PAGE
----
The Norwegian Elkhound


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Norwegian Elkhounds are not especially well known in the UK, though they are an ancient breed and the national dog of Norway. They are a little bigger than Keeshonds, and have shorter fur and longer muzzles, but otherwise look very similar. Norwegian Elkhounds are also friendly dogs with dignity, whereas Keesies are friendly and natural clowns, more outgoing and more likely to indulge in attention-seeking antics. Norwegian Elkhounds have been used for a range of activities, including hunting Elk (hence name) and herding. They are sometimes classed as 'hounds' but don't really fit into the 'hound' class. 'Hund' is just Norwegian for 'dog', but has been translated as 'hound' in their name in English. Elkhounds are closer to Finnish Lapphunds, also a relatively quiet spitz dog, and also used for herding.

Spitz dogs used for herding are relatively easy to train, but they are still spitz dogs, and need to be motivated during training - they will tend to turn off if they get bored. Spitz dogs learn in a different way from Border Collies or Golden Retrievers. They are like the employee, or the student, who says 'why?' rather than obeying you blindly. If this upsets you in people, don't get an Elkhound! Elkhounds can learn fast, and their devotees would say faster than the average Golden Retriever. They just don't always want to do what you ask. Learning fast includes learning what they can get away with, so you need to be very consistent about the rules you want your Elkhound to follow. Elkhounds pay more attention to their owners than non-herding spitz breeds, so can be upset by rough treatment, and they respond best to owners who can be calm, fair and patient with them. They also need to be active, and be given mental stimulation, or they tend to become difficult to live with. They like walks, and don't have the strength to pull you over, unlike a Malamute. Well-trained Elkhounds can generally be trusted off leash in safe areas well away from traffic, since they don't have the wandering tendencies of Malamutes and Sibes. They are independent, and their recall isn't always perfect if they find a good smell,.but they usually come back pretty quickly after investigating it. They are capable of doing far more than being good walking companions, however, and make good agility or sniffer dogs, for example, and have been used for sledding, herding and tracking. Norwegian Elkhounds and Keeshonds are the most trainable breeds on this page, and some people see Elkhounds as more trainable than Keeshonds. It's certainly true that Elkhounds have been used more as working dogs, so are more likely to have a serious attitude to work than Keeshonds, which have been bred more as pets, and which tend to clown more.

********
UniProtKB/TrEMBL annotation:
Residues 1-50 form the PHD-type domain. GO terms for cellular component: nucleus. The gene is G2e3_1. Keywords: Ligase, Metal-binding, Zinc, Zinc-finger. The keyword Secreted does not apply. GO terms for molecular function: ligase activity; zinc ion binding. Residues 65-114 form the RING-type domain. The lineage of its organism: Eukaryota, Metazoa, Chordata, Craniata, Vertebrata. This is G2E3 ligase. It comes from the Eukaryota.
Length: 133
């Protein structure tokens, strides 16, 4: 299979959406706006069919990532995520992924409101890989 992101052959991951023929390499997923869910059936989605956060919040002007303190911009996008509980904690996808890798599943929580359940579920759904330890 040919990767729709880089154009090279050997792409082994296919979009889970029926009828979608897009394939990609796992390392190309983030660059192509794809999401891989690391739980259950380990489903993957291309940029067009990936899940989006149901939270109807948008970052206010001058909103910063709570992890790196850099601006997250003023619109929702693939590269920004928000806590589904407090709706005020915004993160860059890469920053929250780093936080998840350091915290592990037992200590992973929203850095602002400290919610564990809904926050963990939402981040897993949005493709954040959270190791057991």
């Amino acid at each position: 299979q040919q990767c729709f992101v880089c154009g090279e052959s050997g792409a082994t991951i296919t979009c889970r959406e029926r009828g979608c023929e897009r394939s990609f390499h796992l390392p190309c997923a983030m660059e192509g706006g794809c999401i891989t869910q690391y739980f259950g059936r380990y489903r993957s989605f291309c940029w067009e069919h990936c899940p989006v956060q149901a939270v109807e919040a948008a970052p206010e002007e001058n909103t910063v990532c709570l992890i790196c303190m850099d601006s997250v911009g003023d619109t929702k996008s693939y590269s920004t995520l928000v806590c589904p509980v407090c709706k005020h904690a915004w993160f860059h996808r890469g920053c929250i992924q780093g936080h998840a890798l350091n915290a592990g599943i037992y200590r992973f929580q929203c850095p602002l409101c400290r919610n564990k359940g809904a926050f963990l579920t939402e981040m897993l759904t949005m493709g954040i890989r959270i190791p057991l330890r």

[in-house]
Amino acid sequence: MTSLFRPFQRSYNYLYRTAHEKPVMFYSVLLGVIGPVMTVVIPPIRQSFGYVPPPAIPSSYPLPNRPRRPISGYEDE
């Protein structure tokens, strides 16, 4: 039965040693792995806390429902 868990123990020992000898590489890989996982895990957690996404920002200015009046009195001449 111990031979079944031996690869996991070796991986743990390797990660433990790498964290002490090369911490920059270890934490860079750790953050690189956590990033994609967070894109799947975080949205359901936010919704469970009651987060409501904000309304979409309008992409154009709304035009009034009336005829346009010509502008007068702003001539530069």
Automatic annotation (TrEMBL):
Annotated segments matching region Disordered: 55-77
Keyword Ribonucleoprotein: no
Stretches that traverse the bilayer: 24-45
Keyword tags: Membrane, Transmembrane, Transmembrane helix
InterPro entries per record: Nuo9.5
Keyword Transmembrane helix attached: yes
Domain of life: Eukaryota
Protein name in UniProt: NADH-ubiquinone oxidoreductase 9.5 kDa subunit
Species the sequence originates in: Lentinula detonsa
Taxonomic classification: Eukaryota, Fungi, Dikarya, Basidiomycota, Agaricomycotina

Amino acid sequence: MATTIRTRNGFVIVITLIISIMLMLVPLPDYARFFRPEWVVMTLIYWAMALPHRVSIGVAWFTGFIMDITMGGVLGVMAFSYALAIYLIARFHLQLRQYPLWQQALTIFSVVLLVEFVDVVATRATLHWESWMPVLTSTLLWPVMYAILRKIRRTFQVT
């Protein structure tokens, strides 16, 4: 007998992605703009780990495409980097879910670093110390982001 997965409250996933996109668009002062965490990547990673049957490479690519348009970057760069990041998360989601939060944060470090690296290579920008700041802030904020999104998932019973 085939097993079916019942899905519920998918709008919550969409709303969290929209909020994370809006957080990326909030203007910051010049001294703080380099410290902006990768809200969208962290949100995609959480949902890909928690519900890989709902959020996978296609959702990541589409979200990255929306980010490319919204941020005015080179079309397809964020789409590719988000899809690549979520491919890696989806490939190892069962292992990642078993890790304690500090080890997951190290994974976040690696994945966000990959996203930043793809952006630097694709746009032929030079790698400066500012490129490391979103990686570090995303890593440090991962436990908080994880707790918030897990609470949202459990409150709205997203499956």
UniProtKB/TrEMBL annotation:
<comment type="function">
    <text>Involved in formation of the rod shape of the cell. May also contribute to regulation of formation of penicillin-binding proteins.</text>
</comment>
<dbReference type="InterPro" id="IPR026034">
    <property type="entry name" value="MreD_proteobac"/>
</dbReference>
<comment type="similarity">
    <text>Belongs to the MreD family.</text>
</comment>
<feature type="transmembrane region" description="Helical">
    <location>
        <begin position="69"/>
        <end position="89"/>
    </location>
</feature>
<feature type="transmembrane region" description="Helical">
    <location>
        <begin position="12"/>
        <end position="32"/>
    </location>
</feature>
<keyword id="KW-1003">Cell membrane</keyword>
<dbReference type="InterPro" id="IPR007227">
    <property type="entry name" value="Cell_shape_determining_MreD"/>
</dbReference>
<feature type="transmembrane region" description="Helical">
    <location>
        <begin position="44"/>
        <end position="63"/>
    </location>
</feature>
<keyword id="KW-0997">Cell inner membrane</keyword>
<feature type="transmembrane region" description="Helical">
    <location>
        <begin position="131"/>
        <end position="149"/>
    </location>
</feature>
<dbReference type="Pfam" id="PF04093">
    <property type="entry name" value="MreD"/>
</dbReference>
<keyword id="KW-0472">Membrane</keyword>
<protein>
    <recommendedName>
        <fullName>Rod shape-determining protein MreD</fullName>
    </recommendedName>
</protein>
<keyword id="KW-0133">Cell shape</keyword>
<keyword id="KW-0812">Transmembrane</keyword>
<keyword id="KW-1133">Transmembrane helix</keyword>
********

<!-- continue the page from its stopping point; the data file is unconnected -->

Elkhounds are quite vocal, but not as maddenly vocal as Keeshonds and Samoyeds. They were bred to hold large prey at bay and alert their owners by barking, and they will tend to use alarm barks. Owners can simply praise the dog for giving the alarm, and this is usually enough to tell the Elkie that he doesn't need to bark any more. They shed large amounts of fluff twice a year, when they need a lot of grooming, like the other northern breeds, but their coats need less attention than the longer-haired spitz dogs. Their thick, waterproof coats give them good protection when the weather is nasty, but they need protection from the sun in summer.

Norwegian Elkhounds are a gregarious breed, generally very tolerant with children, and with other dogs, though of course they need socialization. Reported health problems include hip dysplasia, eye trouble, and skin problems, including cysts.

This guide to Norwegian Elkhounds is one of the most comprehensive available, and will delight experienced owners, as well as newcomers to the breed. There is a lot on the illustrious history of Elkhounds, and activities that Elkhounds enjoy doing, as well as useful advice on general care and training.